Cameron Diaz says she laughed off ‘heavy’ misogyny in film industry to ‘get through unscathed’

Cameron Diaz has admitted that fame made her feel like a “child” because you “can’t do anything for yourself”.

In a new interview, the actor said that she took roles in franchises including Shrek and Charlie’s Angels because they subverted “typical” narratives about women.

“I certainly didn’t do as much as could be done now, because of the awareness of everybody, #MeToo,” she said on Michelle Visage’s Rule Breakers podcast.

“There were still parameters. The 1990s, the early 00s – there was still heavy, heavy misogyny. The level of exploitation… it just laid on the entire industry.”

Visage recalled how the system was so entrenched in sexism that she would often laugh off the misogyny, with Diaz agreeing: “It was the normal thing to do to [laugh] and just be able to get through unscathed.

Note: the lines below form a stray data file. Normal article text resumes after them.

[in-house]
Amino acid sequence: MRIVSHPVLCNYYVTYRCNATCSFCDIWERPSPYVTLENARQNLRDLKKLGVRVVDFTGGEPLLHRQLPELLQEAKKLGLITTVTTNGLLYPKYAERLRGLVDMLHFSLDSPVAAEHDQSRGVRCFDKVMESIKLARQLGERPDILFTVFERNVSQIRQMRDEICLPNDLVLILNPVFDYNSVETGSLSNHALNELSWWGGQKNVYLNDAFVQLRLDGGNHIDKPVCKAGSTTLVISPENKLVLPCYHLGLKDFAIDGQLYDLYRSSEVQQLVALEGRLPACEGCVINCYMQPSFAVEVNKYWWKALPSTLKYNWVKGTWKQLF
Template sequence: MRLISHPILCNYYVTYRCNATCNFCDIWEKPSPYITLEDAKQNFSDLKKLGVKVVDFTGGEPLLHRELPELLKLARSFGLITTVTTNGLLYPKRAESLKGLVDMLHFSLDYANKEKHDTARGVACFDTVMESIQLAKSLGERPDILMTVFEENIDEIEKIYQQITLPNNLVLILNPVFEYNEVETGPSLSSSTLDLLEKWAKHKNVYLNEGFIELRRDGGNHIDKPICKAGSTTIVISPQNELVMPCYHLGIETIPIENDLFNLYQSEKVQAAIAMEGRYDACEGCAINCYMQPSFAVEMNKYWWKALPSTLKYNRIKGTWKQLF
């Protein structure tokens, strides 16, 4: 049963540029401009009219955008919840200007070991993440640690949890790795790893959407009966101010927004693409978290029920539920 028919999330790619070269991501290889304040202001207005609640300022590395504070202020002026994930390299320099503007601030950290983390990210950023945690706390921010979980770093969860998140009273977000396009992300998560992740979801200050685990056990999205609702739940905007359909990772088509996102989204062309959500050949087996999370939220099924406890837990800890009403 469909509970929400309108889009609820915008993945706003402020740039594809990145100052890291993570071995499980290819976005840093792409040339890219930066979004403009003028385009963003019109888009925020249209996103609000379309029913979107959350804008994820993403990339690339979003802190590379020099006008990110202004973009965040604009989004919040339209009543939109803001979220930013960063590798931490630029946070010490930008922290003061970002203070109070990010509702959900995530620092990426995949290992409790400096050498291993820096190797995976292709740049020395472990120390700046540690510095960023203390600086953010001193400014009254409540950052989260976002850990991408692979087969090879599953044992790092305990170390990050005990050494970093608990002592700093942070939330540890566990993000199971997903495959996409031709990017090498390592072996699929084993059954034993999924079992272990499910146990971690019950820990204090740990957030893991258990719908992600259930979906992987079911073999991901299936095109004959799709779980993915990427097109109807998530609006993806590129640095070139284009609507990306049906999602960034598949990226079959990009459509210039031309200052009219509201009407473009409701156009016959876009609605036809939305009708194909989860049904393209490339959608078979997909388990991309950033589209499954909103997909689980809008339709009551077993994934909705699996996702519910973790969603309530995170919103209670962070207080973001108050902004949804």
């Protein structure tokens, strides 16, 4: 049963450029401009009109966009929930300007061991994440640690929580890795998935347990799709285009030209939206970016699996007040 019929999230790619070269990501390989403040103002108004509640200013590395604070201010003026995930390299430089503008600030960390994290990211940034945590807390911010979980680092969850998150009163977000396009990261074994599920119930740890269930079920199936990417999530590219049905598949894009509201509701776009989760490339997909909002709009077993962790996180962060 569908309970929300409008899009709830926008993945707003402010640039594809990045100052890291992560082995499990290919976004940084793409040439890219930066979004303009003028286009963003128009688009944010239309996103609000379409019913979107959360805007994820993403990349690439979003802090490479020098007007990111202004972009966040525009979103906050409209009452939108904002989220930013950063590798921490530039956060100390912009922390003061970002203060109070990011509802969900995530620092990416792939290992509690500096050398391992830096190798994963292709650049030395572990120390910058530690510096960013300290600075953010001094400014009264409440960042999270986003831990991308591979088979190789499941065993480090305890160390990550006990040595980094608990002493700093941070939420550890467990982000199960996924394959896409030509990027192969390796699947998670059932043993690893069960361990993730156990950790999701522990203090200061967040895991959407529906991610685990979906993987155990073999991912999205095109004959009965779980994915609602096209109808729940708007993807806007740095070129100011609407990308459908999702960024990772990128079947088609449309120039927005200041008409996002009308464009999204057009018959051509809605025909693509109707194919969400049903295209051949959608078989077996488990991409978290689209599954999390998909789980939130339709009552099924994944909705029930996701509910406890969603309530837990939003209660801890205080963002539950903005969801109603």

“Be the one who participated enough to make everybody feel taken care of but not to be a victim in that position. To know how to navigate the whole thing because it was happening all day, every day in every little feeling of layers of existence. It’s a very different thing now, I think.”

Elsewhere in the interview, Diaz admitted that fame made her feel like a “child” because you “can’t do anything for yourself”.

“Fame is very infantilising,” she said. “They treat you like you’re so precious you can’t do anything for yourself, everything should be done for you… It very much takes away from your own sense of autonomy and ability to take care of yourself.”

Diaz retired from acting in 2018, explaining that she now wanted “different things out of her life”.

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